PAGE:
The Collaborative International Dictionary of English v.0.48:

Logarithm \Log"a*rithm\ (l[o^]g"[.a]*r[i^][th]'m), n. [Gr. lo`gos word, account, proportion + 'ariqmo`s number: cf. F. logarithme.] (Math.) One of a class of auxiliary numbers, devised by John Napier, of Merchiston, Scotland (1550-1617), to abridge arithmetical calculations, by the use of addition and subtraction in place of multiplication and division. Note: The relation of logarithms to common numbers is that of numbers in an arithmetical series to corresponding numbers in a geometrical series, so that sums and differences of the former indicate respectively products and quotients of the latter; thus, 0 1 2 3 4 Indices or logarithms 1 10 100 1000 10,000 Numbers in geometrical progression Hence, the logarithm of any given number is the exponent of a power to which another given invariable number, called the base, must be raised in order to produce that given number. Thus, let 10 be the base, then 2 is the logarithm of 100, because 10^2 = 100, and 3 is the logarithm of 1,000, because 10^3 = 1,000. [1913 Webster] Arithmetical complement of a logarithm, the difference between a logarithm and the number ten. Binary logarithms. See under Binary. Common logarithms, or Brigg's logarithms, logarithms of which the base is 10; -- so called from Henry Briggs, who invented them. Gauss's logarithms, tables of logarithms constructed for facilitating the operation of finding the logarithm of the sum of difference of two quantities from the logarithms of the quantities, one entry of those tables and two additions or subtractions answering the purpose of three entries of the common tables and one addition or subtraction. They were suggested by the celebrated German mathematician Karl Friedrich Gauss (died in 1855), and are of great service in many astronomical computations. Hyperbolic logarithm or Napierian logarithm or Natural logarithm, a logarithm (devised by John Speidell, 1619) of which the base is e (2.718281828459045...); -- so called from Napier, the inventor of logarithms. Logistic logarithms or Proportional logarithms, See under Logistic. [1913 Webster] LogarithmeticThe Collaborative International Dictionary of English v.0.48:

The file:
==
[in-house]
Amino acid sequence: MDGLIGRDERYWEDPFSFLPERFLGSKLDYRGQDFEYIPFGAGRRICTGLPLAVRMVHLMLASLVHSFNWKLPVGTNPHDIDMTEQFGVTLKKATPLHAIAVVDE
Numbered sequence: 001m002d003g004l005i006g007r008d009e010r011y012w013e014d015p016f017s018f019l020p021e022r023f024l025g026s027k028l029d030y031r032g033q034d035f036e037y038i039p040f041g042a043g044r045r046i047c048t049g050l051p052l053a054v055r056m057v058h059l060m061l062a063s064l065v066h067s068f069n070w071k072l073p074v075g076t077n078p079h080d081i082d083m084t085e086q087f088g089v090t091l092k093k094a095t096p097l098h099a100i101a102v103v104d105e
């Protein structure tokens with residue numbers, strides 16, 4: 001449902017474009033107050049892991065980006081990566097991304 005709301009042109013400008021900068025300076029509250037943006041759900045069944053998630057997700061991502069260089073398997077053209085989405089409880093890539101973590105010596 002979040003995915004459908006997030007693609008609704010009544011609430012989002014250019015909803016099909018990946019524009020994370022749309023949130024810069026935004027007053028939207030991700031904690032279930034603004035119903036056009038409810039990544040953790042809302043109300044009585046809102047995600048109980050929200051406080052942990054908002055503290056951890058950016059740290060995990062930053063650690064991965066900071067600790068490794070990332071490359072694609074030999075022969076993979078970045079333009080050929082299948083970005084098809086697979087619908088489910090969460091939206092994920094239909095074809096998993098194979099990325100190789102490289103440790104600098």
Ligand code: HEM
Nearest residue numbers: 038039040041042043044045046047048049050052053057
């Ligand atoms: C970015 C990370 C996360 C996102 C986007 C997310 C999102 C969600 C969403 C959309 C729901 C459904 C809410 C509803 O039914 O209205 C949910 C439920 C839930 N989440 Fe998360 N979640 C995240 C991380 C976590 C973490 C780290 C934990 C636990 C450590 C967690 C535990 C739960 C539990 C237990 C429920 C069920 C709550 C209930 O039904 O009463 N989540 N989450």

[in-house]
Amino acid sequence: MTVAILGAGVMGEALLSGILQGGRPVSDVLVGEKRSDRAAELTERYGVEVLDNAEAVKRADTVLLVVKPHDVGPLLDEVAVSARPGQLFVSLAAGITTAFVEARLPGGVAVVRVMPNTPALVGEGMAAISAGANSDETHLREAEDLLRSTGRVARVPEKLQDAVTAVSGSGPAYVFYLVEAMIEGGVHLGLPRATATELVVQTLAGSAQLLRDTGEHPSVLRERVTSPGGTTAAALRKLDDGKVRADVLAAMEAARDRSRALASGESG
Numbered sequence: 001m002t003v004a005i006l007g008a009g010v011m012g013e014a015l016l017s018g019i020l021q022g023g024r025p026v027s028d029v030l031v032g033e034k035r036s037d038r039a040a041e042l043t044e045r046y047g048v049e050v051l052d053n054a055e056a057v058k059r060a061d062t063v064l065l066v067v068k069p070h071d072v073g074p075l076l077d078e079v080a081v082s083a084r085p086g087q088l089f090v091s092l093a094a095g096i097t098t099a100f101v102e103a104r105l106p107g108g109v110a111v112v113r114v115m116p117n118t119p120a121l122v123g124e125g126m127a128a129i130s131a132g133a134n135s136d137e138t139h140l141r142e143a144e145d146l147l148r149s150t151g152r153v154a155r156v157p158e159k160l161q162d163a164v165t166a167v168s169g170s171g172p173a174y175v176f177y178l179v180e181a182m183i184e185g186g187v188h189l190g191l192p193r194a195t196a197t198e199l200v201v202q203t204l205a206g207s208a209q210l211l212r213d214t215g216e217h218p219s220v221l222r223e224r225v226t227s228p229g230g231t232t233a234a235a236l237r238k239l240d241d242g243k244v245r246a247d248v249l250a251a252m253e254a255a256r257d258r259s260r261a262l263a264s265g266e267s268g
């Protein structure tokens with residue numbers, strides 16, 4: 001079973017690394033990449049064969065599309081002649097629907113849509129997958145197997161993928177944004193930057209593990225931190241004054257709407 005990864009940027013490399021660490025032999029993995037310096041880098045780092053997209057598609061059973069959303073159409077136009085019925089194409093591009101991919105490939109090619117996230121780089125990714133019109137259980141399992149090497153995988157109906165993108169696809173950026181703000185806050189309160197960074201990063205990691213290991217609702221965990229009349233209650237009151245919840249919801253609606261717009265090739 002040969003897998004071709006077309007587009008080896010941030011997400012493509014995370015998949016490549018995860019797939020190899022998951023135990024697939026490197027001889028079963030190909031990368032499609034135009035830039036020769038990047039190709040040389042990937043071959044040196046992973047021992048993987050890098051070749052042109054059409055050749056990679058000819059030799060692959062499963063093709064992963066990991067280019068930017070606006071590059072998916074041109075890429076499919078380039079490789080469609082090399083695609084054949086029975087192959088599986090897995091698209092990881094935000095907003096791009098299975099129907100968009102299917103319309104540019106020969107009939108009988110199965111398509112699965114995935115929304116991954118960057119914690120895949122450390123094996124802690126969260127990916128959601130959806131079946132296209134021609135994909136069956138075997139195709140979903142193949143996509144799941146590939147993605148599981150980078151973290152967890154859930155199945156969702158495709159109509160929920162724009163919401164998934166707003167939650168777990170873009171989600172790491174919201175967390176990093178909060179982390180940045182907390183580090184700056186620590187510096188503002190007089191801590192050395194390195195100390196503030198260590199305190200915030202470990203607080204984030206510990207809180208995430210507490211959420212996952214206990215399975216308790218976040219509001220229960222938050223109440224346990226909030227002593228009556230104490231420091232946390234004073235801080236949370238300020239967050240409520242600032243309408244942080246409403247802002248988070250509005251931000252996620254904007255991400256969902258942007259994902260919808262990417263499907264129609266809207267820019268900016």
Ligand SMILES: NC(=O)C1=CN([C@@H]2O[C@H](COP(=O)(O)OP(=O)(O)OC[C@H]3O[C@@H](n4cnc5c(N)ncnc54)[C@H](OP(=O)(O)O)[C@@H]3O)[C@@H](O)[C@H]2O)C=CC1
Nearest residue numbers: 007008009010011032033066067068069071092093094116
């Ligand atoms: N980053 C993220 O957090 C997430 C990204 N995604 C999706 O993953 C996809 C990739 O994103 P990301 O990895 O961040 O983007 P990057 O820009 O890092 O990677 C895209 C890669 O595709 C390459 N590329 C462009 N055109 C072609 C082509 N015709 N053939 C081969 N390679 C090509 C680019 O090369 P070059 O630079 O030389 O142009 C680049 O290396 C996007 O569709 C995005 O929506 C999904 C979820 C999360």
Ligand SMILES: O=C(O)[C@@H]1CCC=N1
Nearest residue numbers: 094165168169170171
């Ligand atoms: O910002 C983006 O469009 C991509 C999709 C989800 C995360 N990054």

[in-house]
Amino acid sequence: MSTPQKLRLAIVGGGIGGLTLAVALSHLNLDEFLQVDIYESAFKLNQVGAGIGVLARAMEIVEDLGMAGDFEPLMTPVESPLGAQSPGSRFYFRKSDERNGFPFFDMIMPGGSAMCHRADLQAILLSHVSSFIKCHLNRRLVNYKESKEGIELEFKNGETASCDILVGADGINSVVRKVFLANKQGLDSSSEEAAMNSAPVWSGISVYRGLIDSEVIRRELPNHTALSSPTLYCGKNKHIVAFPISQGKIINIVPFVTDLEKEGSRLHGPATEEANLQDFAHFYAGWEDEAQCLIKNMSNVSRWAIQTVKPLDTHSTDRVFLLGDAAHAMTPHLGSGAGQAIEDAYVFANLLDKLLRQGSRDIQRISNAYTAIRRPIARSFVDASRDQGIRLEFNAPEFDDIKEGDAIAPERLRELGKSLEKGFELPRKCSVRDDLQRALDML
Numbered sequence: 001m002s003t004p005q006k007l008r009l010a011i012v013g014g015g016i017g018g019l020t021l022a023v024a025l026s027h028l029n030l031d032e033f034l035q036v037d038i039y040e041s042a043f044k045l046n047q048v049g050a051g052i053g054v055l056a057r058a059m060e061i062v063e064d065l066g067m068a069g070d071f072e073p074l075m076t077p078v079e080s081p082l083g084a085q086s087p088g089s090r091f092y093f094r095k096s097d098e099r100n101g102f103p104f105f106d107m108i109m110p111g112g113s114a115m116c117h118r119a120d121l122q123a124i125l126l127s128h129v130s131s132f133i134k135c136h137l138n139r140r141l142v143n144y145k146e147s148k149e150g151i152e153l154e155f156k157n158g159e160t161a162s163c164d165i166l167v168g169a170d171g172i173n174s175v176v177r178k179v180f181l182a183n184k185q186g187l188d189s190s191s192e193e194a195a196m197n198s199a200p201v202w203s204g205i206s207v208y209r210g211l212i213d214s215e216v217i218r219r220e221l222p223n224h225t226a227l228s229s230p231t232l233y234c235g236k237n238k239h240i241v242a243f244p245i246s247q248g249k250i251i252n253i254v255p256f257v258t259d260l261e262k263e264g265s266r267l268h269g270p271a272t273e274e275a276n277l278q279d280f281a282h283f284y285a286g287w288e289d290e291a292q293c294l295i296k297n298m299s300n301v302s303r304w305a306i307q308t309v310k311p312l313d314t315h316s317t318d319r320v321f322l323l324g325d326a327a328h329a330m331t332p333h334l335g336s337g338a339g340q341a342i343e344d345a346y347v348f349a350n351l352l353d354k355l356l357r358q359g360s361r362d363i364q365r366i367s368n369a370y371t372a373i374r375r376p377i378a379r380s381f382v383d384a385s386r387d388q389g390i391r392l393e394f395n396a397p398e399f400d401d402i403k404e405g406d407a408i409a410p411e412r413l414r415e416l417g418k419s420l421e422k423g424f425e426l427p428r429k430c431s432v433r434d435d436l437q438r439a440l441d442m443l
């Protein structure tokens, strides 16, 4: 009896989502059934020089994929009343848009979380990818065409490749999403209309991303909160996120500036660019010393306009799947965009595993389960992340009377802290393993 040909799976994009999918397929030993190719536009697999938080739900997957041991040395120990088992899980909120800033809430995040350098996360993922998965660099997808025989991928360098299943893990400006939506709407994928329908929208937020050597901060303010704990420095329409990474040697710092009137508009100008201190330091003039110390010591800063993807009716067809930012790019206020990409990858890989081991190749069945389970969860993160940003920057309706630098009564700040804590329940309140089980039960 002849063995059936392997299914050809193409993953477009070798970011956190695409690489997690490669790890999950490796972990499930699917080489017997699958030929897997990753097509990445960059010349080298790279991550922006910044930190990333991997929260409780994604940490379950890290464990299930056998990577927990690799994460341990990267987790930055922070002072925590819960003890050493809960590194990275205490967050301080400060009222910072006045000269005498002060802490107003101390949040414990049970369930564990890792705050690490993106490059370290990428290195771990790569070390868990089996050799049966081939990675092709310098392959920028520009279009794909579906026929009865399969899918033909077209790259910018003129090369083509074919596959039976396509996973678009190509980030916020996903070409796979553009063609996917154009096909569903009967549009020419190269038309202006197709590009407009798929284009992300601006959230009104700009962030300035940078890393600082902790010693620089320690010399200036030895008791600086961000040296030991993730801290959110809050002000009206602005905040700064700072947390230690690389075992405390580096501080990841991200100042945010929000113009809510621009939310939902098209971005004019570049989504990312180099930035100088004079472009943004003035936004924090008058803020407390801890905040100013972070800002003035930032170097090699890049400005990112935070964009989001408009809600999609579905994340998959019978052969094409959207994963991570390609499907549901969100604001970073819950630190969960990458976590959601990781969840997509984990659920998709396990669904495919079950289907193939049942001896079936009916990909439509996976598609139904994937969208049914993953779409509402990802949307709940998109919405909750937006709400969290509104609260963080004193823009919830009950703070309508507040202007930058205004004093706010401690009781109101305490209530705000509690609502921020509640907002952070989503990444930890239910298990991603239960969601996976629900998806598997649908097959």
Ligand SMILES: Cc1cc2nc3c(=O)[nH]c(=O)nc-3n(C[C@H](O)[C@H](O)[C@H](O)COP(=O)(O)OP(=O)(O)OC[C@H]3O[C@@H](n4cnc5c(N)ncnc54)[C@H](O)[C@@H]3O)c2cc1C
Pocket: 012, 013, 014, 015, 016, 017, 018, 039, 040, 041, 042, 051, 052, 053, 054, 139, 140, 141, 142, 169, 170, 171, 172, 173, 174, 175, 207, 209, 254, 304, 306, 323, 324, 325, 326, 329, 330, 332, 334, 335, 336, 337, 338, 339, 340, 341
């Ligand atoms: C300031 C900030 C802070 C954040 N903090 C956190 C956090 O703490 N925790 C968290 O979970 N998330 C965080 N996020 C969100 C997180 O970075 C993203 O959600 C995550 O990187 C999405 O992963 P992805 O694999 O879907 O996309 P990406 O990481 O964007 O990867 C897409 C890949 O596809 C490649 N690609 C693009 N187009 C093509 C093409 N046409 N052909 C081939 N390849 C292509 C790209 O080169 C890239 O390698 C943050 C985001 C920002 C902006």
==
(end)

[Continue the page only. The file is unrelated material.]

Binary \Bi"na*ry\, a. [L. binarius, fr. bini two by two, two at a time, fr. root of bis twice; akin to E. two: cf. F. binaire.] Compounded or consisting of two things or parts; characterized by two (things). [1913 Webster] Binary arithmetic, that in which numbers are expressed according to the binary scale, or in which two figures only, 0 and 1, are used, in lieu of ten; the cipher multiplying everything by two, as in common arithmetic by ten. Thus, 1 is one; 10 is two; 11 is three; 100 is four, etc. --Davies & Peck. Binary compound (Chem.), a compound of two elements, or of an element and a compound performing the function of an element, or of two compounds performing the function of elements. Binary logarithms, a system of logarithms devised by Euler for facilitating musical calculations, in which 1 is the logarithm of 2, instead of 10, as in the common logarithms, and the modulus 1.442695 instead of .43429448. Binary measure (Mus.), measure divisible by two or four; common time. Binary nomenclature (Nat. Hist.), nomenclature in which the names designate both genus and species. Binary scale (Arith.), a uniform scale of notation whose ratio is two. Binary star (Astron.), a double star whose members have a revolution round their common center of gravity. Binary theory (Chem.), the theory that all chemical compounds consist of two constituents of opposite and unlike qualities. [1913 Webster]